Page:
On this day in history, January 7th, in 1796, Princess Charlotte Augusta of Wales was born. She was the only child of the future George IV and his wife, Caroline of Brunswick.
George and Caroline infamously hated one another, and he would later insist they had only ever had sexual intercourse three times; twice on their wedding night and once the night after. Charlotte was born almost exactly 9 months after her parents’ wedding, which had taken place on April 8th of the previous year.
As the only living and legitimate grandchild of George III, Charlotte
was second in line to the throne after her father. She was expected to
someday become Queen of the United Kingdom, but this never came to pass.
She was married to Prince Leopold of Saxe-Coburg-Saalfeld in 1816, when she was 20 years old. Early in their marriage she suffered a miscarriage, but it was announced she was pregnant again in April of 1817.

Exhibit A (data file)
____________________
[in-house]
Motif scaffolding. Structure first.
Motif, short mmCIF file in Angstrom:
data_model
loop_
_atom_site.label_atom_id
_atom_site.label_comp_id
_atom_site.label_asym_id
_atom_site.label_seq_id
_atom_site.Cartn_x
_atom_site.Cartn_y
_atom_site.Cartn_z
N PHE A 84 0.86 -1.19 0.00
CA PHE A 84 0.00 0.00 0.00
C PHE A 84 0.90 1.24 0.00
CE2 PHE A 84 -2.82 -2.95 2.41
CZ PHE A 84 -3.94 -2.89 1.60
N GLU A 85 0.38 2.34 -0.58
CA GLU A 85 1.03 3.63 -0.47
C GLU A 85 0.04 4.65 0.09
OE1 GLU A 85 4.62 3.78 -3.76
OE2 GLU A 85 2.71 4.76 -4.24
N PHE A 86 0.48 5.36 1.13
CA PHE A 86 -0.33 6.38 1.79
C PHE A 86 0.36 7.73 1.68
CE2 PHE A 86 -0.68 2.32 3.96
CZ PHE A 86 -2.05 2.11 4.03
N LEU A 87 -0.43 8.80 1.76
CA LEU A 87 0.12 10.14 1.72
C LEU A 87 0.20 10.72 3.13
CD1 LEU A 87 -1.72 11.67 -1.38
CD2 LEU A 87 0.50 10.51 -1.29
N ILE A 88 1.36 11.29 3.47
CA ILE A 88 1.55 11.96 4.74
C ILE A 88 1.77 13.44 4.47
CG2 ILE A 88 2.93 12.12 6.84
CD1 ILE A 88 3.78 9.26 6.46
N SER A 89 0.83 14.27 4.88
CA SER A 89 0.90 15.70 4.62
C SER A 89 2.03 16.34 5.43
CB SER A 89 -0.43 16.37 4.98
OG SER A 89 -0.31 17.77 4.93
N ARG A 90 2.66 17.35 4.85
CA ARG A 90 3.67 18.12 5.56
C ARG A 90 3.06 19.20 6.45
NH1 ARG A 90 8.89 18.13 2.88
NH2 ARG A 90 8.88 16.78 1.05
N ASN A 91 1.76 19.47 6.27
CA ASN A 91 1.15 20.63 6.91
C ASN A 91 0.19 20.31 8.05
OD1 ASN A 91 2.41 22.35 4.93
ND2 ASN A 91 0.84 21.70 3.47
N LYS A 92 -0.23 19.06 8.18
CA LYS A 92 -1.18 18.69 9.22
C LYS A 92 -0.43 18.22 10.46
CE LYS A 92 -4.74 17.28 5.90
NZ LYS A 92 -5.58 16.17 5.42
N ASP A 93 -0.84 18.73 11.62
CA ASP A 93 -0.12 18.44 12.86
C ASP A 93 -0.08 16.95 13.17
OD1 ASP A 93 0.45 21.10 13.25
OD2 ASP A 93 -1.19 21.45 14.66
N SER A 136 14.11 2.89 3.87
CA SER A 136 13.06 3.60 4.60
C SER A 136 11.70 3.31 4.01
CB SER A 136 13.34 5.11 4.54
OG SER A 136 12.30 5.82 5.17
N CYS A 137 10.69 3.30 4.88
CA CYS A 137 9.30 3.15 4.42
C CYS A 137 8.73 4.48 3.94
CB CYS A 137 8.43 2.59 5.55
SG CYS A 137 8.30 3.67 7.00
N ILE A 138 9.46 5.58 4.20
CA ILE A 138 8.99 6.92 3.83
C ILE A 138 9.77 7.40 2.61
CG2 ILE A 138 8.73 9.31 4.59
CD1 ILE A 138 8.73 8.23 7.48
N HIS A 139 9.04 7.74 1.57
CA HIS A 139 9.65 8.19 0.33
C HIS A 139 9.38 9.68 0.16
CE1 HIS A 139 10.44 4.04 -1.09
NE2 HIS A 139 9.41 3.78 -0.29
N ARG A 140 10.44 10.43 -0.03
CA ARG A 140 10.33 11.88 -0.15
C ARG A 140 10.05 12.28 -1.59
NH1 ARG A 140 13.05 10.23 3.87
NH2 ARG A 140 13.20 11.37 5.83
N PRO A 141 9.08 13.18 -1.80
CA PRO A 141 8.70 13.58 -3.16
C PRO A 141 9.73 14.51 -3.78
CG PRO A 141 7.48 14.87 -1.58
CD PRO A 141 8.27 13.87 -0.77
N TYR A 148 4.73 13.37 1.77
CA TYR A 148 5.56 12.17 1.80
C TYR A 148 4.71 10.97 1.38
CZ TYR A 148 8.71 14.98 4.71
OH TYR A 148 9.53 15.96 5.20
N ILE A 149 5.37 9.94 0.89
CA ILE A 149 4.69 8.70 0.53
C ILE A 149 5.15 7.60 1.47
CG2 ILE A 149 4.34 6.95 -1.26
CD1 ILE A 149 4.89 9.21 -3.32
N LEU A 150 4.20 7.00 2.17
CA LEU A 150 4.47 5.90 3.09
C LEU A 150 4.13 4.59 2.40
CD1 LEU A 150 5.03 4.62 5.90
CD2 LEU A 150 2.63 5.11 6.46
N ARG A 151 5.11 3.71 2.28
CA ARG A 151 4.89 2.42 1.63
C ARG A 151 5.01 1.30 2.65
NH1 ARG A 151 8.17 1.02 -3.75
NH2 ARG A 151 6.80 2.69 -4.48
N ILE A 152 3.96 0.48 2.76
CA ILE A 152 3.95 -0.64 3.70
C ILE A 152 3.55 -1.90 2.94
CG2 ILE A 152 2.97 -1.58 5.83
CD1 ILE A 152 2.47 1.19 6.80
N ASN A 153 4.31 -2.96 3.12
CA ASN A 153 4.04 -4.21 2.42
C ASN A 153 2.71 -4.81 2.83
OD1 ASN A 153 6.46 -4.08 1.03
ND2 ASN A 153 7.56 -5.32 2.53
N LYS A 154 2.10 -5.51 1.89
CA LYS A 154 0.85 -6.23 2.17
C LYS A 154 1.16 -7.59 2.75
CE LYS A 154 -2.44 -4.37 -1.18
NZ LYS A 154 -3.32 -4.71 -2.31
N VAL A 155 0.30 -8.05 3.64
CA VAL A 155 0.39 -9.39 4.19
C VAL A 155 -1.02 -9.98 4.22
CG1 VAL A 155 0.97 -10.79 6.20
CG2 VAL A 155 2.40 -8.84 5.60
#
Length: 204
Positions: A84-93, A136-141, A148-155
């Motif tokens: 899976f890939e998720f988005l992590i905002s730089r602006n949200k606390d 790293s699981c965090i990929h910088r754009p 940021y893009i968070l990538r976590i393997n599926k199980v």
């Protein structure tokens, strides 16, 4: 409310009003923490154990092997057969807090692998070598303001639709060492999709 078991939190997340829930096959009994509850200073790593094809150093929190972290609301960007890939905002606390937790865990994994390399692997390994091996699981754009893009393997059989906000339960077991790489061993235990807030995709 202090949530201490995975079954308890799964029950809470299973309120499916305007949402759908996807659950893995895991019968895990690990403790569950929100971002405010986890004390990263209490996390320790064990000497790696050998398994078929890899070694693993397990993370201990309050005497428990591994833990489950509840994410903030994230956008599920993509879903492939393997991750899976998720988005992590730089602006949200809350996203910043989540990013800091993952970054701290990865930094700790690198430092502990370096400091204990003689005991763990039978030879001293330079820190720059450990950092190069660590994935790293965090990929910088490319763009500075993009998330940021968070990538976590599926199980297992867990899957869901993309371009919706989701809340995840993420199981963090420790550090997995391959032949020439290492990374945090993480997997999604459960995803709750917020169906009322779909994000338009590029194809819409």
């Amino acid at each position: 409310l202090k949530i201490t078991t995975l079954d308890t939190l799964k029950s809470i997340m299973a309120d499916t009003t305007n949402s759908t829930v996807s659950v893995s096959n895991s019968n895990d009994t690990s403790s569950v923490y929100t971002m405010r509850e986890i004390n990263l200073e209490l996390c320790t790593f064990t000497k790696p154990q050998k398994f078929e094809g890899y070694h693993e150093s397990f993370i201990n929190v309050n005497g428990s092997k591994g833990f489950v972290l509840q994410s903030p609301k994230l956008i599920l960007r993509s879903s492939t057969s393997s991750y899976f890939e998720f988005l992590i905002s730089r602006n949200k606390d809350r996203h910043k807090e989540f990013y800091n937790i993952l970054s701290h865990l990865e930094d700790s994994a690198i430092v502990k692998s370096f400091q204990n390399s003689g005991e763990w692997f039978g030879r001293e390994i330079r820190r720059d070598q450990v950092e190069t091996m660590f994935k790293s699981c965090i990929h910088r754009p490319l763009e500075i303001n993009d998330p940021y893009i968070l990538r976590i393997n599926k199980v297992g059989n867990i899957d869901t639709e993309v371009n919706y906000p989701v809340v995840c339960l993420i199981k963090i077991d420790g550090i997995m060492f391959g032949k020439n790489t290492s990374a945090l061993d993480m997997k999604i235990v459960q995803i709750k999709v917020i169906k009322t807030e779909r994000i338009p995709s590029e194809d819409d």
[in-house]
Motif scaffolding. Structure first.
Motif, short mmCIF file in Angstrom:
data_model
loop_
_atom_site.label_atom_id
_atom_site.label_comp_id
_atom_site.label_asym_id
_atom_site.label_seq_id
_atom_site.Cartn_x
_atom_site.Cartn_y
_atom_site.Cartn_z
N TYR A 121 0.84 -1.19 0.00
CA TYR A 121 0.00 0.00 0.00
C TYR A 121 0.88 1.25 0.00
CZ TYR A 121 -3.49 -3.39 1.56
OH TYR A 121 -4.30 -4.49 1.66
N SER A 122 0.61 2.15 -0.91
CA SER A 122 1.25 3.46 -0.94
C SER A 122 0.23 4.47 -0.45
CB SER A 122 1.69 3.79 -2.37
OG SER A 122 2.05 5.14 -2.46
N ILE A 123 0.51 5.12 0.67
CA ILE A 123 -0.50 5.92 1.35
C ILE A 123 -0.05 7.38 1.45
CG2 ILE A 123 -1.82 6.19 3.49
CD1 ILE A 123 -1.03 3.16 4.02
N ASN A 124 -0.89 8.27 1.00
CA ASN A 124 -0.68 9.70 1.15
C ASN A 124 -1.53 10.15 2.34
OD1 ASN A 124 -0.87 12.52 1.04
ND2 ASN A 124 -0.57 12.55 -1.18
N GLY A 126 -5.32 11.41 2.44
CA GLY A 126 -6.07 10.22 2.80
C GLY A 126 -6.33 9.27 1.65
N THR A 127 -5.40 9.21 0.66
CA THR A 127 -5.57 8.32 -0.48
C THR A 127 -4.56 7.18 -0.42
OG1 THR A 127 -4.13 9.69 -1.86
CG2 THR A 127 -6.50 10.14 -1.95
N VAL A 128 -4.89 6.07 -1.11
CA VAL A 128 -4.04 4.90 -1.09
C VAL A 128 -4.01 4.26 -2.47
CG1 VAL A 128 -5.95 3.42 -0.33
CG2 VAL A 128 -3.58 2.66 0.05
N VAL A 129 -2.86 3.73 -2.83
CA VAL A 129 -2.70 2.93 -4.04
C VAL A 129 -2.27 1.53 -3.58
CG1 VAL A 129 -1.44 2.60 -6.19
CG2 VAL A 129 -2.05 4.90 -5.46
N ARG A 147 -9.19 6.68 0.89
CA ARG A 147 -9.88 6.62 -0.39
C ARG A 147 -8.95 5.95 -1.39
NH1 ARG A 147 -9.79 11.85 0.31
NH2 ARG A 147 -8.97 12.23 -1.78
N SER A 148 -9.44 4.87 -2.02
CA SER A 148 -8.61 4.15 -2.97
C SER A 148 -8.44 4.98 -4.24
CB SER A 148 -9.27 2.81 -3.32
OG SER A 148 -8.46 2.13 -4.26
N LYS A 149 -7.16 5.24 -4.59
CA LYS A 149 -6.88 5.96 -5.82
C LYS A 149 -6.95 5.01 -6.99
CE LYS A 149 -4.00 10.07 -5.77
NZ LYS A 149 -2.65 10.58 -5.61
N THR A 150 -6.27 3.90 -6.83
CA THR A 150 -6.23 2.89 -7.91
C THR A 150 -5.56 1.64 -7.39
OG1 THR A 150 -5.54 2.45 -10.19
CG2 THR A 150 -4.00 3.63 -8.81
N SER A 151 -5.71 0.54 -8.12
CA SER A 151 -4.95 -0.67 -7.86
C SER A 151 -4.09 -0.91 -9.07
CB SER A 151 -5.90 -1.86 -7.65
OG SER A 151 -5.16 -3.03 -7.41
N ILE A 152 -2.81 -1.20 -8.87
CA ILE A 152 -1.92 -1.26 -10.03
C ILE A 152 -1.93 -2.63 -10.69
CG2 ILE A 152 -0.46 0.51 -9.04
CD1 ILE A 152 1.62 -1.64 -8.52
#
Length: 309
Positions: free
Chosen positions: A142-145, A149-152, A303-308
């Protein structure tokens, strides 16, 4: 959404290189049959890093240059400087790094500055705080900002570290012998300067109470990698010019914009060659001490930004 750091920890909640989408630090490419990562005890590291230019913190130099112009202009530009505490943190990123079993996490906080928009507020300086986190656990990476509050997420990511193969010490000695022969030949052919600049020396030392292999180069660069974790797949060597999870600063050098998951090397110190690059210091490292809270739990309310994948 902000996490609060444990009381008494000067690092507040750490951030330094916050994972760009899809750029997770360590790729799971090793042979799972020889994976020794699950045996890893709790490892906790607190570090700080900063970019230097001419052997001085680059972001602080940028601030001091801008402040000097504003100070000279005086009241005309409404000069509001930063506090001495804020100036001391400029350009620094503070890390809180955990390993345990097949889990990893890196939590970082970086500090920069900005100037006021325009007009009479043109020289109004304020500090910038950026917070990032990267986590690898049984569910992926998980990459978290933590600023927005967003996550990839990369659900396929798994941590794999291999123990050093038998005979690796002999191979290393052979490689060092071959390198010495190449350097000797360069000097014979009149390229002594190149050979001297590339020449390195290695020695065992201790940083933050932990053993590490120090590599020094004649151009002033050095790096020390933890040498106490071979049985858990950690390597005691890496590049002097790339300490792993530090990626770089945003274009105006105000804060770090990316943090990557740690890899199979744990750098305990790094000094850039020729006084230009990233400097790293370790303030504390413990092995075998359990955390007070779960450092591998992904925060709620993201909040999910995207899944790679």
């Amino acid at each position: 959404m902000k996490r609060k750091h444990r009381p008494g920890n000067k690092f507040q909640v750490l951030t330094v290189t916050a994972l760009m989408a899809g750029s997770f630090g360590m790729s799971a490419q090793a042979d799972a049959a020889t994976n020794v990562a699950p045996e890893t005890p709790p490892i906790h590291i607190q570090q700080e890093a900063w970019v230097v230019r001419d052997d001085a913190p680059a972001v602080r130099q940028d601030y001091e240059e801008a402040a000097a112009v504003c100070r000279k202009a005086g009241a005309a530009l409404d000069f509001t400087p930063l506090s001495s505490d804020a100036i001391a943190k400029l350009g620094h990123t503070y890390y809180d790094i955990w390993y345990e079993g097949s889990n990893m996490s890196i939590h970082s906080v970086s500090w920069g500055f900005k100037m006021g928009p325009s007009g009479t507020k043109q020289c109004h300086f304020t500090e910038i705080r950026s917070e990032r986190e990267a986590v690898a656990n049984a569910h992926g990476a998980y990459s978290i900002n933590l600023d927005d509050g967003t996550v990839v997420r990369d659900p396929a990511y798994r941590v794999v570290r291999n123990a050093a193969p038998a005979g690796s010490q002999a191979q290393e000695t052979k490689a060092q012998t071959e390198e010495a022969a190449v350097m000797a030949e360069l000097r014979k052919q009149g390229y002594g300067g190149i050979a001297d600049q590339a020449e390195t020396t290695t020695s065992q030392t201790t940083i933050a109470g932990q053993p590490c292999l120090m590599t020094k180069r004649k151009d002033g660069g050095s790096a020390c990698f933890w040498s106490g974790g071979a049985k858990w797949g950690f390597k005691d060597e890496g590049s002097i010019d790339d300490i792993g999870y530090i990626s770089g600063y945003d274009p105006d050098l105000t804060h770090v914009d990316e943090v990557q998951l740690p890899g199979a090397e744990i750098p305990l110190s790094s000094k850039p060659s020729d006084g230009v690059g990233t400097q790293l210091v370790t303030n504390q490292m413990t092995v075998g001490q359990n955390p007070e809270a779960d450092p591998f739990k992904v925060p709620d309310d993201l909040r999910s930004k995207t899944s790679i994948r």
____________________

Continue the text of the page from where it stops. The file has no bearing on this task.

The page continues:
After two days of labour, she gave birth to a large stillborn son on November 5th, 1817. Complications from the delivery caused her own death in the early morning hours of the following day.
The entire kingdom went into heavy mourning after her death, she had been greatly beloved and was one of the only popular members of the Royal Family. Her death caused a scramble among the remaining unmarried sons of George III to produce a legitimate child and heir to the throne.
Prince Edward, the Duke of Kent, would be the one to father the eventual heir, the future Queen Victoria. Had Charlotte lived, Victoria would never have existed and England’s “Victorian Era” as we now know it would have been completely different.